Here are some key facts:
You can read about hepatitis in more detail below.
In many cases hepatitis can have no symptoms. Early signs can include flu-like symptoms such as muscle and joint pain, headaches, feeling sick, temperature and jaundice (yellowing of the skin and eyes).
Symptoms of chronic hepatitis include feeling tired all the time and generally feeling unwell, jaundice and depression. Some types of hepatitis (such as hepatitis A) can also cause itching.
As hepatitis can have no symptoms the only way to know for sure is to get tested. If you have had unprotected sex or your contraception has failed you can find out more about getting tested for STIs. You may also need to find out about emergency contraception.
There are several different types of hepatitis and they are not always purely transmitted as an STI. Here we outline further information about hepatitis A and B which can be transmitted through unprotected sexual activity.
Hepatitis A is uncommon in the UK but widespread in parts of the world where sanitation is poor and is most often spread by eating food contaminated by the faeces of an infected person. For this reason, a hepatitis A vaccination is recommended if you are travelling to certain countries where hepatitis A is common. If you have had unprotected anal sex or oral sex without using a dam this can transmit hepatitis A, although this is less common in the UK. There is no treatment for hepatitis A, although symptoms can be managed by getting plenty of rest and taking painkillers to relieve discomfort. The infection usually passes within three months.
Hepatitis B is also caused by coming into contact with the blood or bodily fluids (such as semen and vaginal fluids) of an infected person. It can be passed on during unprotected vaginal, anal and oral sex, pregnancy, and sharing needles to inject drugs. There is no specific treatment for hepatitis B and most cases pass within a couple of months, however in some people this can lead to chronic hepatitis B which, although treatable with antiviral medication, is a long-term condition which can cause cirrhosis (scarring) of the liver. Hepatitis B is not common in the UK, but your risk is increased if your partner is from - or if you travel to - parts of the world where it is relatively common such as sub-Saharan Africa, east and southeast Asia, the Middle East and southern and eastern Europe. A vaccination is available for travellers or people in high-risk groups such as drug users and healthcare workers.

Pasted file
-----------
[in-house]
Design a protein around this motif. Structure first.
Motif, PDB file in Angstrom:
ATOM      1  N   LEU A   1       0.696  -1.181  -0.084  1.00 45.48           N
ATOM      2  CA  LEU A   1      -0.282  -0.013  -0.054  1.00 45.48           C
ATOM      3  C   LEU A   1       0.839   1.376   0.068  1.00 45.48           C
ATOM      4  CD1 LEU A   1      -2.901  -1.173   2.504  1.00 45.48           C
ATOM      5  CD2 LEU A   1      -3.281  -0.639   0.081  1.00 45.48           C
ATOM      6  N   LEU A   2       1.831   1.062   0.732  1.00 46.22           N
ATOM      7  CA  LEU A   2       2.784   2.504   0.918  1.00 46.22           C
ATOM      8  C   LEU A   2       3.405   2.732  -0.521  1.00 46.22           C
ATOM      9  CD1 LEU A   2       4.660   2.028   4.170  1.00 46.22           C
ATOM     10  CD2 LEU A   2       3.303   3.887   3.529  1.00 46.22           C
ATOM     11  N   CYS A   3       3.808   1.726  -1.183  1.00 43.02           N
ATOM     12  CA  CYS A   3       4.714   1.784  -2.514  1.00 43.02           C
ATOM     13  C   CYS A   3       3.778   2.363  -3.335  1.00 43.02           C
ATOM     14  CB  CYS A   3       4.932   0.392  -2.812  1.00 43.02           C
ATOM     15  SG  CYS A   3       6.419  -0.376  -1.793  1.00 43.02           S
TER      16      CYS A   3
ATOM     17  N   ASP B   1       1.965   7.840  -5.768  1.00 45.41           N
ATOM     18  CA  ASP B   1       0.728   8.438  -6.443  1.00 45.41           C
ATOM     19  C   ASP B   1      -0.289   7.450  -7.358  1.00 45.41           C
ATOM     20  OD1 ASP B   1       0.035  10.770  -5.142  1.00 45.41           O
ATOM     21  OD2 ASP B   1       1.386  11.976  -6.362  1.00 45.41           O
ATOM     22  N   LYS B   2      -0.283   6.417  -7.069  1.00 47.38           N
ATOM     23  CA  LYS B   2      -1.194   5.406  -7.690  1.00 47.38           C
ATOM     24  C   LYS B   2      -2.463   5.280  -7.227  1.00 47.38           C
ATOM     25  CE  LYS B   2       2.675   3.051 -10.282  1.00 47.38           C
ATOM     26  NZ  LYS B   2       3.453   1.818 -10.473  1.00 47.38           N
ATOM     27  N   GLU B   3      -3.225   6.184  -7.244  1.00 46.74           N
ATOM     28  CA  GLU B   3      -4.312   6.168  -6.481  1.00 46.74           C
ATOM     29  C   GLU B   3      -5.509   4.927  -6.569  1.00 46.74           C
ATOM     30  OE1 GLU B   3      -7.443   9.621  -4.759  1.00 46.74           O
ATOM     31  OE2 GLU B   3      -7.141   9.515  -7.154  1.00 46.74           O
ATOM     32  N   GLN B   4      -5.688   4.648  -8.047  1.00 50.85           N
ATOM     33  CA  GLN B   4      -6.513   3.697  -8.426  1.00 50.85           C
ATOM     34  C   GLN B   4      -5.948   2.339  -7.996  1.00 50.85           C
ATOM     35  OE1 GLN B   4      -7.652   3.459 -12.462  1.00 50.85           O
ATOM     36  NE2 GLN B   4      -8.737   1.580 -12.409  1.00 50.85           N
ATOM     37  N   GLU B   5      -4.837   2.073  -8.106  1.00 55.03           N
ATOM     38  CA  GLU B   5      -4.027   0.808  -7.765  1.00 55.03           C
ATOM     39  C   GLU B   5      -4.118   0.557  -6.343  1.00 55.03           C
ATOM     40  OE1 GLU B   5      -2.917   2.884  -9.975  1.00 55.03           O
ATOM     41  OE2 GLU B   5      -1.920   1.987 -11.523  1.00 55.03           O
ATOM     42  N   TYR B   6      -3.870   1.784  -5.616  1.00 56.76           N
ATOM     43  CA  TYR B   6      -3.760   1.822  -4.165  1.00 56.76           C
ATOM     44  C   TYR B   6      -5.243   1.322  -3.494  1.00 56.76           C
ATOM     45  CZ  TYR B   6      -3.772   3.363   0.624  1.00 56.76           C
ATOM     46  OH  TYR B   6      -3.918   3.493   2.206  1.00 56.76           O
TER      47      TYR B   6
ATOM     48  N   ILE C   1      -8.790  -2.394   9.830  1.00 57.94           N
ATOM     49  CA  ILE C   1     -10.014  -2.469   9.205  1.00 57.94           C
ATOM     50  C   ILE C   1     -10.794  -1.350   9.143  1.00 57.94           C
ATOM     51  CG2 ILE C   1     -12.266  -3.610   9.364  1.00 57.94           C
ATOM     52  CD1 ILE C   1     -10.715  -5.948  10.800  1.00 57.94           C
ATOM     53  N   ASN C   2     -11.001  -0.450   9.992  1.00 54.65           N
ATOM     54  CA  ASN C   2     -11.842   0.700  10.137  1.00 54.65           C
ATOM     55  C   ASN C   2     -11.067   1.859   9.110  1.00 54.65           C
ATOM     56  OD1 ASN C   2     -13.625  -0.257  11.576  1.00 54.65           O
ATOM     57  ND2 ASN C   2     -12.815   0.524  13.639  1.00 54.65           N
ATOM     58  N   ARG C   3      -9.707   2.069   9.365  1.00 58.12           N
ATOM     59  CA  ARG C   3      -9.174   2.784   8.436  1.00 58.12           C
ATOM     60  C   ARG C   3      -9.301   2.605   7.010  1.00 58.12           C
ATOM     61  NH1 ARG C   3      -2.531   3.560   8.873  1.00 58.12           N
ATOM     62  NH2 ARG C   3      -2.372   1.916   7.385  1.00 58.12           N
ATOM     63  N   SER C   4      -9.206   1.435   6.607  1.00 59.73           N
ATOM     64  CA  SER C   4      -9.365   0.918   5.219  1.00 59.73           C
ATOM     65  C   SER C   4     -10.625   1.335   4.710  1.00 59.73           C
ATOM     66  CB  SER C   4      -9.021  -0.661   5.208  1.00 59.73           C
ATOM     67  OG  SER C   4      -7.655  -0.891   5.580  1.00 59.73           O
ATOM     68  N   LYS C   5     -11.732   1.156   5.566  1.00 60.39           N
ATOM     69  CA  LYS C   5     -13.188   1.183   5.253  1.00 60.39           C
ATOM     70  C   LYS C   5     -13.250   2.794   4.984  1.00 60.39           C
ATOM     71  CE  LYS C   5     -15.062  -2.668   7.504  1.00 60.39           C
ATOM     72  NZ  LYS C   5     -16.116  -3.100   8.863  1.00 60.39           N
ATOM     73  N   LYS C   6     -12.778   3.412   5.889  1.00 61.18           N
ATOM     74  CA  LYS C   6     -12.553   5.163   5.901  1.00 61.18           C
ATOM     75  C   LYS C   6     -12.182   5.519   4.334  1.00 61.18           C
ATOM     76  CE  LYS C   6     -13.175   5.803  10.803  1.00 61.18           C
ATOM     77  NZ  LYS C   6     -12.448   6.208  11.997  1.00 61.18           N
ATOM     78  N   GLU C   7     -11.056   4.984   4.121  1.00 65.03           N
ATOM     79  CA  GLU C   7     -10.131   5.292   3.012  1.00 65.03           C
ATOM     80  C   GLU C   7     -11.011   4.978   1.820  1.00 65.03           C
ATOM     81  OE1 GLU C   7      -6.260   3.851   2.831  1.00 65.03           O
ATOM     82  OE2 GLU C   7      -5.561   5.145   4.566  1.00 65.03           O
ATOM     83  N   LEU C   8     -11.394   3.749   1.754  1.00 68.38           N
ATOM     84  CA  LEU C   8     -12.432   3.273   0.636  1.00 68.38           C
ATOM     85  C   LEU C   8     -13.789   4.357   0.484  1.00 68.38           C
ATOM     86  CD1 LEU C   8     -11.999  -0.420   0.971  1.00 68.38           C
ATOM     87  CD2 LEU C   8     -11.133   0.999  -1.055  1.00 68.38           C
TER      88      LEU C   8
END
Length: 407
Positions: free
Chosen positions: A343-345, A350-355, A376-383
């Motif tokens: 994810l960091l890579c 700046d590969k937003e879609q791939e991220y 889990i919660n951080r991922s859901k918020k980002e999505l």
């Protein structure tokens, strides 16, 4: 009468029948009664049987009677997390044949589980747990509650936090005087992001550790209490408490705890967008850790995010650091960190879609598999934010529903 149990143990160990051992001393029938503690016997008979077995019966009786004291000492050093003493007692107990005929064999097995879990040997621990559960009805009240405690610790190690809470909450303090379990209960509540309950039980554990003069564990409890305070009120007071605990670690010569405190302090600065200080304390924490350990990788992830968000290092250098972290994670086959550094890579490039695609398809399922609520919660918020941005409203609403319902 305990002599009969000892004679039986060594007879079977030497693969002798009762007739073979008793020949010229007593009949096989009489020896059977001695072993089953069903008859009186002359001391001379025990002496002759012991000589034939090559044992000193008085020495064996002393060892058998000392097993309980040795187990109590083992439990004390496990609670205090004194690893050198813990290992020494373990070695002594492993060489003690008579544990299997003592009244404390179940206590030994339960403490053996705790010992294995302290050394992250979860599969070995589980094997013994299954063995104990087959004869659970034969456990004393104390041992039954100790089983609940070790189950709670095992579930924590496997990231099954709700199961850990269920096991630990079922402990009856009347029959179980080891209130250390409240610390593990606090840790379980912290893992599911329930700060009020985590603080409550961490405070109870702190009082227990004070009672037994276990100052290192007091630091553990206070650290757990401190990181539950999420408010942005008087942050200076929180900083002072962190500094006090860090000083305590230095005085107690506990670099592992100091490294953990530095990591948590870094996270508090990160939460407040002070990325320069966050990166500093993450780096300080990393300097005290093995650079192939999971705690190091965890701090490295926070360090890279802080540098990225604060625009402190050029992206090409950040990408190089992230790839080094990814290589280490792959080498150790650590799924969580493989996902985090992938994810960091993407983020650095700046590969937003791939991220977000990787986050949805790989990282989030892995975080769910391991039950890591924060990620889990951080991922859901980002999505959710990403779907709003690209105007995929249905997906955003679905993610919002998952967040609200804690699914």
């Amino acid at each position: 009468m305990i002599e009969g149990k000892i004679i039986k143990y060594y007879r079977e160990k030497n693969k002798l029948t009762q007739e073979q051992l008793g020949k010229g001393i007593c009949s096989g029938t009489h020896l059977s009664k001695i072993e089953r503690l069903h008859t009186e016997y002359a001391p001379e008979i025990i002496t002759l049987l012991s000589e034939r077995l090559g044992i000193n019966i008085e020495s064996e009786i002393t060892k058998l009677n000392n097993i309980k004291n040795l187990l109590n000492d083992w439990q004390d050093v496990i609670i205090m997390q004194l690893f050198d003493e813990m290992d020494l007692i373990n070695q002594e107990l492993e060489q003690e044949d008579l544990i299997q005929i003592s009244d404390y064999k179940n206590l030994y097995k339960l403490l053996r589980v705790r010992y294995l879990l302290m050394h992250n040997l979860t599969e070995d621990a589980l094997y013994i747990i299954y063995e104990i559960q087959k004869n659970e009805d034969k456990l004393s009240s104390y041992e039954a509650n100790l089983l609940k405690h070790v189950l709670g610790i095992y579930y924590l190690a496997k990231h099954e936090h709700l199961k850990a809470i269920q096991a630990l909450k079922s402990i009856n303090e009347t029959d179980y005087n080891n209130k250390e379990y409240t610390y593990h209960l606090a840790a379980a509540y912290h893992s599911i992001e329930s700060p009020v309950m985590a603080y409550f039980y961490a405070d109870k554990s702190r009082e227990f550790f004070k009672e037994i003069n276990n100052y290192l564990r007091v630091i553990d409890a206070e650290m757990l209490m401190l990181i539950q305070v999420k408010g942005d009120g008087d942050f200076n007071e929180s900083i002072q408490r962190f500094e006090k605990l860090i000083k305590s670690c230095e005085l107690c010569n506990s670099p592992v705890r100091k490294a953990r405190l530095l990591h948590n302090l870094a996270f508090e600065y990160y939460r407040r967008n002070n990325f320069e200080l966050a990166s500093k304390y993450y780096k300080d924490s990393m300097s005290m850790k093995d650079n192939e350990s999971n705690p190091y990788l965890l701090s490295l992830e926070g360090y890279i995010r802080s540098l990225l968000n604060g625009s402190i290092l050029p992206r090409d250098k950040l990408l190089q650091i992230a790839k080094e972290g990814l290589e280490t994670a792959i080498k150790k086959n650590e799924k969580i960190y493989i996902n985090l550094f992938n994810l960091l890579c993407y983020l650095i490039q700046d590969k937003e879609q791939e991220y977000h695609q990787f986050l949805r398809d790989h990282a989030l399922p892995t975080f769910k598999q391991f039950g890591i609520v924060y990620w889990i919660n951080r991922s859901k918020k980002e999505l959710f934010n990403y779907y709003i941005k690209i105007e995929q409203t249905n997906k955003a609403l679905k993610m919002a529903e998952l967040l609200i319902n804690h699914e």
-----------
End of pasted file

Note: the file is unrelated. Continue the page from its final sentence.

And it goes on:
It is worth knowing about hepatitis C which is the most common type of viral hepatitis in the UK and around 215,000 people in the UK have chronic hepatitis C. Although the virus can be spread via saliva, vaginal fluids and semen this is rare and it is most commonly spread through blood to blood contact (9/10 cases are spread through sharing needles to inject drugs). Some people recover from the infection, however the majority will have the virus for many years (this is known as chronic hepatitis C). There is no vaccination for hepatitis C although antiviral medication can be prescribed to relive symptoms, which may also sometimes cure the infection.
Other types of hepatitis include hepatitis D, hepatitis E, alcoholic hepatitis and autoimmune hepatitis. You can read more about the different types of hepatitis on the NHS Choices website.
Hepatitis is tested by blood test, designed to look for evidence that your immune system is trying to fight the virus. Testing can also include a check of your liver function. Further testing (if required) can include an ultrasound scan, or a liver biopsy (where a small sample of liver tissue is taken for testing).
You can get tested for hepatitis at:
If you test positively for hepatitis your doctor or nurse will advise you what to do and may prescribe antiviral medication. If you test positively for hepatitis C you will be referred to a specialist to discuss treatment options. It is thought that treatment is more effective the sooner it is started.
Some types of viral hepatitis will also require Public Health England to be notified. This is for types of hepatitis which are rarer in the UK such as hepatitis A and hepatitis B.
For many types of hepatitis there is no treatment, although symptoms can be managed with antiviral medication. It is also important to rest, stay hydrated and also rest your liver (such as not drinking any alcohol). You may also be advised to take painkillers such as ibuprofen. Some infections pass within a few months while others can become more chronic.
If you test positively for hepatitis you should tell your current and any recent sexual partners so that they can get tested too. Some clinics also offer ‘partner notification’ which is a way to contact your partner using what’s called a ‘contact slip’. This process doesn’t mention your name and lets your partner/s know that they may have been exposed to an STI and advising them to get tested.
Page last reviewed: February 2016
Next review due: February 2017